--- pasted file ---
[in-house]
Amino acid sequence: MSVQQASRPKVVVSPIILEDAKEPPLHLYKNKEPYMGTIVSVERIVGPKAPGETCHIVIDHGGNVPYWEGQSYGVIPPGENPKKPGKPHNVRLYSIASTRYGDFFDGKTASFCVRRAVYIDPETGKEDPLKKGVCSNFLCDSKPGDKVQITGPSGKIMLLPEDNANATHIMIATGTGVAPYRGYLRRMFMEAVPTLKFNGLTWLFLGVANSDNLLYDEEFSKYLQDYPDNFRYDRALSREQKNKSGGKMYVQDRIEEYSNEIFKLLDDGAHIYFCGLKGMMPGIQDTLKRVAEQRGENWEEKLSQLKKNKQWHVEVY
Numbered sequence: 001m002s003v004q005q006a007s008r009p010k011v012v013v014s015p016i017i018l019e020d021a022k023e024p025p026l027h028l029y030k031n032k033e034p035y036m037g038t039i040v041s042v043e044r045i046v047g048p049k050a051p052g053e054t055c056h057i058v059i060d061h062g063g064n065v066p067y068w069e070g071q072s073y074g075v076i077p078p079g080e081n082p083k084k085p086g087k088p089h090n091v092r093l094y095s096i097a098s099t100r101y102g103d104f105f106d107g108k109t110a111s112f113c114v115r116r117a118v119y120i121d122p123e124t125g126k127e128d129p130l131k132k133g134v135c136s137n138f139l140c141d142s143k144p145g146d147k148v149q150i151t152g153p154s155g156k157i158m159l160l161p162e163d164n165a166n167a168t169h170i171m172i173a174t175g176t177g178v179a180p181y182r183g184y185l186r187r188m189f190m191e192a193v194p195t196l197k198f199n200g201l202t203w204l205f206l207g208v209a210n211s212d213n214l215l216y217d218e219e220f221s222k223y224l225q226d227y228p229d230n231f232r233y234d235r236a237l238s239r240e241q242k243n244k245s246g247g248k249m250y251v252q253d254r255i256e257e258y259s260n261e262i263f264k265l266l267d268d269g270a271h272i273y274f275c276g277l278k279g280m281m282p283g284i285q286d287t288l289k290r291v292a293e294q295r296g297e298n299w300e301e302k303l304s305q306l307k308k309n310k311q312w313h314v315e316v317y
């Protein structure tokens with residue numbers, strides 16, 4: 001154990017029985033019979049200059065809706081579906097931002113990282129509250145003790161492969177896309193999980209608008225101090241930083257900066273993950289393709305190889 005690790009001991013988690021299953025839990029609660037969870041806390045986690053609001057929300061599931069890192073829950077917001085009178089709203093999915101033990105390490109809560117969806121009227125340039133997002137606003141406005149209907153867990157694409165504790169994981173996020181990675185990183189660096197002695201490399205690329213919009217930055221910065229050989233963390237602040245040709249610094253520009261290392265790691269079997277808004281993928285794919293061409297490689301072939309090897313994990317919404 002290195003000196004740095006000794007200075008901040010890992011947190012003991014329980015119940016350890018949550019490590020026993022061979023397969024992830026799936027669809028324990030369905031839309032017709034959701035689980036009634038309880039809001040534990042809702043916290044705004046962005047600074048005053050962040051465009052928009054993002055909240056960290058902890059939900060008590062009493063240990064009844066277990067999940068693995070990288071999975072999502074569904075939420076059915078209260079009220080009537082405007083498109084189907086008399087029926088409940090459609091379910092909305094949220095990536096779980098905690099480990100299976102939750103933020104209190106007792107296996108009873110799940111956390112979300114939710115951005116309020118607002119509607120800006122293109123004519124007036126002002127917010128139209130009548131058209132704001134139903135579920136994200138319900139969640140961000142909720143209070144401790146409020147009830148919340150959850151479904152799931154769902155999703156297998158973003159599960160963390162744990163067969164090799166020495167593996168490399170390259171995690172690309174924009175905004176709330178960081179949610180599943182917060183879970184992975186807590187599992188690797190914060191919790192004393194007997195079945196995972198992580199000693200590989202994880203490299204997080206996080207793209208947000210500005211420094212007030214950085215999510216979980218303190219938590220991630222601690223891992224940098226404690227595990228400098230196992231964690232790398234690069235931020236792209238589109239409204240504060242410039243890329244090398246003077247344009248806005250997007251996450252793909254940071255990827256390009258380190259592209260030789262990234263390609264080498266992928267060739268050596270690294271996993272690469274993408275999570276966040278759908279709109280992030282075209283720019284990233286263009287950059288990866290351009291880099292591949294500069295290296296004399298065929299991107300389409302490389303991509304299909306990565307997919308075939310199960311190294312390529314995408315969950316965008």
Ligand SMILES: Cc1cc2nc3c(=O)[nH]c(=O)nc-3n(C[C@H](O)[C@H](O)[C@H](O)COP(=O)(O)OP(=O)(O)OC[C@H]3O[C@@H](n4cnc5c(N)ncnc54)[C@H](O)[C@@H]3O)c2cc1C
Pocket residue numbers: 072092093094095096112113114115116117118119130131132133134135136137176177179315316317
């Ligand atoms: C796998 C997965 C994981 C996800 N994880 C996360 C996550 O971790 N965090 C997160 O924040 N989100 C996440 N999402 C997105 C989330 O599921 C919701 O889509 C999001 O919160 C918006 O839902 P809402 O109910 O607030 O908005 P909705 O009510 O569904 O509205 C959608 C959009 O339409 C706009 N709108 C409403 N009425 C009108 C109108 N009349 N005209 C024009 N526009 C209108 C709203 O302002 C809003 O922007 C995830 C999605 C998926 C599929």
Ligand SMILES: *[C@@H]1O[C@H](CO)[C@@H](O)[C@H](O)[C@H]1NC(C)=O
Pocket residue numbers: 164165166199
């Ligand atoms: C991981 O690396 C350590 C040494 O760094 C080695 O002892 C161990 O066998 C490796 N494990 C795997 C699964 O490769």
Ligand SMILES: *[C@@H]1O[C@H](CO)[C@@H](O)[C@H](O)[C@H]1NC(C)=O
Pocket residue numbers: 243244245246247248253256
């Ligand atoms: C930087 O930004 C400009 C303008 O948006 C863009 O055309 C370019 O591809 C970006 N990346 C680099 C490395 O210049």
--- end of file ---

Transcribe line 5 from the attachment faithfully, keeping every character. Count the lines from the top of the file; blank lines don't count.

Ligand SMILES: Cc1cc2nc3c(=O)[nH]c(=O)nc-3n(C[C@H](O)[C@H](O)[C@H](O)COP(=O)(O)OP(=O)(O)OC[C@H]3O[C@@H](n4cnc5c(N)ncnc54)[C@H](O)[C@@H]3O)c2cc1C